The opening of Tempe Town Lake in 1999 spurred shoreside commercial and residential development that greatly accelerated urbanization of the old college town.
Gary Nelson/AFN Contributor

East Valley cities face several challenges as they prepare for continued growth in coming decades.


Planners in Mesa, Tempe, Chandler and Gilbert all say they have developed robust and diverse water portfolios.

Eric Braun, Gilbert’s water resources manager, said Gilbert has complied with state law proving the town can meet estimated demand for the next 100 years. But he said, “As Gilbert continues to grow, water supply will always be a consideration for balancing growth and cost of service.”

He said Gilbert is promoting conservation as an alternative to developing additional sources, which are becoming more expensive.


New uses may be proposed for older parts of the cities, creating conflict with existing neighbors.

David de la Torre, chief planner for Chandler, said “there are existing low-density neighborhoods surrounding those (redevelopment) areas, and we just want to be sure that those are protecting the property values and are compatible with those areas.”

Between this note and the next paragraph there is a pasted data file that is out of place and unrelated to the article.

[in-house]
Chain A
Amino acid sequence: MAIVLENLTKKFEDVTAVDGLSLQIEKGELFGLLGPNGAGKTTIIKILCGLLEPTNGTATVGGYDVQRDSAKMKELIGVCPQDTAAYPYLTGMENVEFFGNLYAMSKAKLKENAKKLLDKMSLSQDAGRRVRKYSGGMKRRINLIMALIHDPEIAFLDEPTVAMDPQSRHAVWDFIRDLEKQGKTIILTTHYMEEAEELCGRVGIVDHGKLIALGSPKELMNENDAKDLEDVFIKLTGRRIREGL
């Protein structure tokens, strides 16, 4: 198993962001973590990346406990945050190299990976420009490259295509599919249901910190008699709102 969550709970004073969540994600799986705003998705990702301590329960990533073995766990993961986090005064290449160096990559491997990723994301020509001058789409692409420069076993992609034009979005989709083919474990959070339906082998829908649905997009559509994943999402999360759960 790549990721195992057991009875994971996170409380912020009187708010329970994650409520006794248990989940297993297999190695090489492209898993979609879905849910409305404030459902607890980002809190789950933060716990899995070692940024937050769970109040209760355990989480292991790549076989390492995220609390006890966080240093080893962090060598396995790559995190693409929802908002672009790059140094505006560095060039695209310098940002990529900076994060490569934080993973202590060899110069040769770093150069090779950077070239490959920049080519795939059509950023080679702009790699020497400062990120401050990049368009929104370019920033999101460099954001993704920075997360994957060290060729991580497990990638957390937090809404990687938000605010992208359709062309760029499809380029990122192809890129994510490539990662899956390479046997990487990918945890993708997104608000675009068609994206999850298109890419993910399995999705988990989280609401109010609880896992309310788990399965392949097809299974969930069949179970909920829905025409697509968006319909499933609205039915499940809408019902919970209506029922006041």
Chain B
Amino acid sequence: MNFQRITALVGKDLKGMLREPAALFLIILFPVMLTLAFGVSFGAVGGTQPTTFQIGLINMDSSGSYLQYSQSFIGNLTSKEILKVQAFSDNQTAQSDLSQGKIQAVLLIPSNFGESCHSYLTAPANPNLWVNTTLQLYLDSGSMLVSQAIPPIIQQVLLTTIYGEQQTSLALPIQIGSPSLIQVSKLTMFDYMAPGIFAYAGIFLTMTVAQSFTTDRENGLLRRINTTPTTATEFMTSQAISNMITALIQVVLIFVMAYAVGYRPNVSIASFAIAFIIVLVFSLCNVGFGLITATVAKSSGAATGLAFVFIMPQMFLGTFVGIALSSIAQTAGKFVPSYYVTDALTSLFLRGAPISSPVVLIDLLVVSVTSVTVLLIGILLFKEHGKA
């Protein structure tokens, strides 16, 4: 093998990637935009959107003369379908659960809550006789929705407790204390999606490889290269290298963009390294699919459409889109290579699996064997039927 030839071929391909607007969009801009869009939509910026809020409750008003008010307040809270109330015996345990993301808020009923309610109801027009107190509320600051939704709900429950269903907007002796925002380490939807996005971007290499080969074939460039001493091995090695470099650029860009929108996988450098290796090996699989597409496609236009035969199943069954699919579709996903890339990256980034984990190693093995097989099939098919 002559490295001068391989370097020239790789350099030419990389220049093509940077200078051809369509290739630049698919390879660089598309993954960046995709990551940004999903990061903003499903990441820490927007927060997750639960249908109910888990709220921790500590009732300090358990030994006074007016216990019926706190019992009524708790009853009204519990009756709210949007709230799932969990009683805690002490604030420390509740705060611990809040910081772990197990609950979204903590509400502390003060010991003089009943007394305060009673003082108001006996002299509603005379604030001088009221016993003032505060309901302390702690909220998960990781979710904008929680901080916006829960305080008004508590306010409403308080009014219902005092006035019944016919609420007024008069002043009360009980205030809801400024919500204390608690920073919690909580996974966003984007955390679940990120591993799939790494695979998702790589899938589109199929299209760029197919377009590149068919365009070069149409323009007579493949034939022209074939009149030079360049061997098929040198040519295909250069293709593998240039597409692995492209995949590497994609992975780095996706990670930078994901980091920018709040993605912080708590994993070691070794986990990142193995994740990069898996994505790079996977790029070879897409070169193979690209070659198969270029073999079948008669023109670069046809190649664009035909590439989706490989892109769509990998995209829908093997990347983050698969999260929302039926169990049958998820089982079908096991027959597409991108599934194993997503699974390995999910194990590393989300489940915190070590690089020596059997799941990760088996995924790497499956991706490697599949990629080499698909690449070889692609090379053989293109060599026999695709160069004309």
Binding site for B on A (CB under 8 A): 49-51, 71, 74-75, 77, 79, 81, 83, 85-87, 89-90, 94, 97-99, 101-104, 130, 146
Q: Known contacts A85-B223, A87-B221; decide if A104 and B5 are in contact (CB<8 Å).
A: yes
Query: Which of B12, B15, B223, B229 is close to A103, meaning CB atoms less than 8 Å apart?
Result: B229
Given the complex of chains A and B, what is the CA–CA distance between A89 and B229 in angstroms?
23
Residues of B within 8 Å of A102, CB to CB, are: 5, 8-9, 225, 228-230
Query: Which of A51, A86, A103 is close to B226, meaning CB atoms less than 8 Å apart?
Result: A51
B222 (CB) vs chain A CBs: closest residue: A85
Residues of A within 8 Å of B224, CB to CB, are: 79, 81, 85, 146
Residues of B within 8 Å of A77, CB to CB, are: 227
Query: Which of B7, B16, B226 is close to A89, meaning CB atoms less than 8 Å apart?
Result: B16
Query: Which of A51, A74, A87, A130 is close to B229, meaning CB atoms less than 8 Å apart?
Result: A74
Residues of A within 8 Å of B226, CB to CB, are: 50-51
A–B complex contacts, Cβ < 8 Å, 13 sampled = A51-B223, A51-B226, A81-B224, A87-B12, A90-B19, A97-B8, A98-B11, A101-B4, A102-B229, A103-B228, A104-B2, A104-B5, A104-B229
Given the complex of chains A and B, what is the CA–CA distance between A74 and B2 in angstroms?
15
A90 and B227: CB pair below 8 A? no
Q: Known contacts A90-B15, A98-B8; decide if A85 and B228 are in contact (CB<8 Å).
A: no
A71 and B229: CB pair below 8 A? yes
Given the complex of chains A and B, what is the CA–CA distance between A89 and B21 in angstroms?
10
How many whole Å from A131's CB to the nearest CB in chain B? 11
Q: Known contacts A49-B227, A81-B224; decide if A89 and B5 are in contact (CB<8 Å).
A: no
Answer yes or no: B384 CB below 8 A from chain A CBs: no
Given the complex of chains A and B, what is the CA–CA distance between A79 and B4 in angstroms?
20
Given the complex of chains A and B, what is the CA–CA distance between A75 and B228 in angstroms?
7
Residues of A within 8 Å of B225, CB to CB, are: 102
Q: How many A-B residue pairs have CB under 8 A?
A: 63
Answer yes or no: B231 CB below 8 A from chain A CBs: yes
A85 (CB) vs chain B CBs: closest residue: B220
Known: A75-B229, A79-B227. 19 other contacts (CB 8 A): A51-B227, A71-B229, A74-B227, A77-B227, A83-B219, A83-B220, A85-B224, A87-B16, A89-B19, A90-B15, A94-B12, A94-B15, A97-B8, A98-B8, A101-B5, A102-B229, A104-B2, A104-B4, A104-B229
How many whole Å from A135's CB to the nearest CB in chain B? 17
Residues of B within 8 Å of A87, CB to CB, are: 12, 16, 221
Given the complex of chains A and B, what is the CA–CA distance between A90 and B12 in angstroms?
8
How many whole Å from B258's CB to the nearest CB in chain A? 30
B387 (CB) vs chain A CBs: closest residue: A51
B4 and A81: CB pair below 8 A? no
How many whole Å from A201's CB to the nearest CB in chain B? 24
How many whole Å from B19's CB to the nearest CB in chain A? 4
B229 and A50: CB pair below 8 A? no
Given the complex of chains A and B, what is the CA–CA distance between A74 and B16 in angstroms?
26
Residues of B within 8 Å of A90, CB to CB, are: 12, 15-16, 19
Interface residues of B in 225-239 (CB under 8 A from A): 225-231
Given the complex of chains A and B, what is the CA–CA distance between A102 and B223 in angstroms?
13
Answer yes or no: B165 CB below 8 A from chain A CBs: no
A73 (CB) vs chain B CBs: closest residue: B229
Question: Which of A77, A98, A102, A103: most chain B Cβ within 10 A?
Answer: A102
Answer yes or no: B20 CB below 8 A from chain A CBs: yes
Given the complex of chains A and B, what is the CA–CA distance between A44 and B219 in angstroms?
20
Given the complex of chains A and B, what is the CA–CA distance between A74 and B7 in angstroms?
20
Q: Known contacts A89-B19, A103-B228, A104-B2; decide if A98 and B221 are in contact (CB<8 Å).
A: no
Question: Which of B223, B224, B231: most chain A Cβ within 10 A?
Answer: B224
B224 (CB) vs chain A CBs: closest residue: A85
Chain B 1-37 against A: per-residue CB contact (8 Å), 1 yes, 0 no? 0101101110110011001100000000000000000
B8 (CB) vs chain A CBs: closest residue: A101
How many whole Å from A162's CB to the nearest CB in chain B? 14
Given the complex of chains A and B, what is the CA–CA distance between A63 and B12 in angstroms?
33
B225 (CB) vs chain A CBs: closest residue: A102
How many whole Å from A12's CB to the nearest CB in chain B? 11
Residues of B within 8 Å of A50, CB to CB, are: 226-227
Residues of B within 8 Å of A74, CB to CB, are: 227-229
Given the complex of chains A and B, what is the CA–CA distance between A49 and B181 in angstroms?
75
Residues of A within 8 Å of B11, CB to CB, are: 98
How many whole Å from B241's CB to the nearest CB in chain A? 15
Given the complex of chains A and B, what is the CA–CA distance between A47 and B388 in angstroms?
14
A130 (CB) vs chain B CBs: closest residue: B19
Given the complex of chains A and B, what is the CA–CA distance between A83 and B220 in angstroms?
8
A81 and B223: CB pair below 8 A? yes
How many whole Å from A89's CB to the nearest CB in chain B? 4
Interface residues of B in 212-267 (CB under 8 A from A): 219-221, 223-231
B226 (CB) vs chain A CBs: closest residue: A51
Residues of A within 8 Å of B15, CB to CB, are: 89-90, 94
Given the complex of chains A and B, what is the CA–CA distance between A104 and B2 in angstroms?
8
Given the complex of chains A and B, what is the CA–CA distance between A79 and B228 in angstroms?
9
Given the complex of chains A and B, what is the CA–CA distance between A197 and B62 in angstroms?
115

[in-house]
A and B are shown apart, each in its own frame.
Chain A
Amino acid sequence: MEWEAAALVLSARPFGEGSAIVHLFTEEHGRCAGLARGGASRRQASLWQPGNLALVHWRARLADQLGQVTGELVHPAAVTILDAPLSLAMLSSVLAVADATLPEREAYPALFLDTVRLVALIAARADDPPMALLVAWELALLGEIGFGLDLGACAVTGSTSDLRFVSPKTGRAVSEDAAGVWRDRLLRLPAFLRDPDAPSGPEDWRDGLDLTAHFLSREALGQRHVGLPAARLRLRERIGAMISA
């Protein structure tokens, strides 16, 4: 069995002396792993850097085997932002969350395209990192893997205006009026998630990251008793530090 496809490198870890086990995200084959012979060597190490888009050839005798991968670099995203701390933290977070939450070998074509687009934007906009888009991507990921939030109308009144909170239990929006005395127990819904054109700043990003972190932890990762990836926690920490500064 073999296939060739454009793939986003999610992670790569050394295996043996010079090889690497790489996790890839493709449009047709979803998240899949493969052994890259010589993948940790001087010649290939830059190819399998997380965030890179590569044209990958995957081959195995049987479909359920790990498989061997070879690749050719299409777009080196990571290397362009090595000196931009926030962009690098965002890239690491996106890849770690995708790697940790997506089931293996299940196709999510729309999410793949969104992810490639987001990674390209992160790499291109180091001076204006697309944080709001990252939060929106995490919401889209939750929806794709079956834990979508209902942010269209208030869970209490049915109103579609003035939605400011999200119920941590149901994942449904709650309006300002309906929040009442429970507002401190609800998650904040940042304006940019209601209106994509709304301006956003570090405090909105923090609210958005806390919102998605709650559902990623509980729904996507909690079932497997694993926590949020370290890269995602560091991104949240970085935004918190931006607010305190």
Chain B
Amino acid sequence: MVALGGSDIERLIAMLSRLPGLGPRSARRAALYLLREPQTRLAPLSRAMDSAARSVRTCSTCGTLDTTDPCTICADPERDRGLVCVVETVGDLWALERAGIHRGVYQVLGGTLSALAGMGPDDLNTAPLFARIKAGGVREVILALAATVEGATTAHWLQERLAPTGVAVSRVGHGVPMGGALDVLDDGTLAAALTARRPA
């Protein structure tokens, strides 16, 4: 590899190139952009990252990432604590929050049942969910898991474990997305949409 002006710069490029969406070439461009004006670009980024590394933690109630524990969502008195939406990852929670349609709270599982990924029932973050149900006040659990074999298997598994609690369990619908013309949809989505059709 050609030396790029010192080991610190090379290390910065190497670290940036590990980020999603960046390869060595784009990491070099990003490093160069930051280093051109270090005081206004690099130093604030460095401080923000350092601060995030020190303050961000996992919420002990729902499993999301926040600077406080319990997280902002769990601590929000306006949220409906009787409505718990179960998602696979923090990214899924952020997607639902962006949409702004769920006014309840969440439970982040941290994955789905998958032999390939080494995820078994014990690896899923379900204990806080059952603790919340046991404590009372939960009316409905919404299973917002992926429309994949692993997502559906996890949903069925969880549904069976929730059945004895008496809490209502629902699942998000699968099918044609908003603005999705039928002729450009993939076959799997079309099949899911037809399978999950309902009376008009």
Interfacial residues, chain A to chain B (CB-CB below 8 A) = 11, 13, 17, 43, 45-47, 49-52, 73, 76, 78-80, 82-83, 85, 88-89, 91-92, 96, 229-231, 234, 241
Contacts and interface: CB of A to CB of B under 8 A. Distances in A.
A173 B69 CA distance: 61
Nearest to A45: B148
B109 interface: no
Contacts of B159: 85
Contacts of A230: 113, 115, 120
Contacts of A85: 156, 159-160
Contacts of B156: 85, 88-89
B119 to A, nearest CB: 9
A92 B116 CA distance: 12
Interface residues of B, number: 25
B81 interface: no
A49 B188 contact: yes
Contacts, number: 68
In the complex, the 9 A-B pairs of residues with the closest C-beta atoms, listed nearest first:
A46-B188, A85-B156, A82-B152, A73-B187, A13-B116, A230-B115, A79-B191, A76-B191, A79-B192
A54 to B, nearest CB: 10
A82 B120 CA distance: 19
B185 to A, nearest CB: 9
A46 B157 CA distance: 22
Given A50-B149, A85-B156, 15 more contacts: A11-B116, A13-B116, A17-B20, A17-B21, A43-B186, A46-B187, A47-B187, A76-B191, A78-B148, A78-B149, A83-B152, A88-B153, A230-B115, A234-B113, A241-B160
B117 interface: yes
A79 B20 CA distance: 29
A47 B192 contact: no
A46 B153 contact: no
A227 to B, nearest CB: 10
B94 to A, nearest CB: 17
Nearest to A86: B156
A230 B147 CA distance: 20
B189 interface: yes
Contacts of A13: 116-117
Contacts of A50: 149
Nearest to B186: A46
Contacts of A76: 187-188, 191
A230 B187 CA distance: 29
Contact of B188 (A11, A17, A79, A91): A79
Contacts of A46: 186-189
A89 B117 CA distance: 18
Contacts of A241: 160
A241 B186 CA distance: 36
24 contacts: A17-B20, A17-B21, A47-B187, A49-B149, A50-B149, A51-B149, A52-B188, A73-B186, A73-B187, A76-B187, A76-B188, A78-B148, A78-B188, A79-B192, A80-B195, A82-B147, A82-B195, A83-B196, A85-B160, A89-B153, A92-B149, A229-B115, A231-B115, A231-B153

Many likely redevelopment sites in Mesa, Tempe and Gilbert also abut established residential areas.

Affordable Housing

Not everyone can afford the high-end apartments and condos that are multiplying in such areas as downtown Tempe.

Melanie Dykstra, community resources program supervisor for Gilbert, said federal programs help.

And, she said, “Gilbert partners with a nonprofit organization to purchase, rehabilitate and rent affordable housing units to income-eligible residents.” In addition, another nonprofit refurbishes homes for low-income residents.

Mesa and Tempe have seen the development of several low-income housing projects along the light rail line, and Chandler planner de la Torre said Chandler will work to retain the more affordable housing that already exists in some older neighborhoods.

Climate Change

A study published this summer in the journal Science said counties in Arizona could lose 10 to 20 percent of their economic activity by the 2080s if present climate trends continue.

Those losses could occur in the form of heat-related deaths, vastly higher energy costs and diminished productivity of outdoor workers, the study said.

On the other hand, some analysts said the study can’t account for possible future changes in technology and society that could mitigate or reverse rising temperatures.

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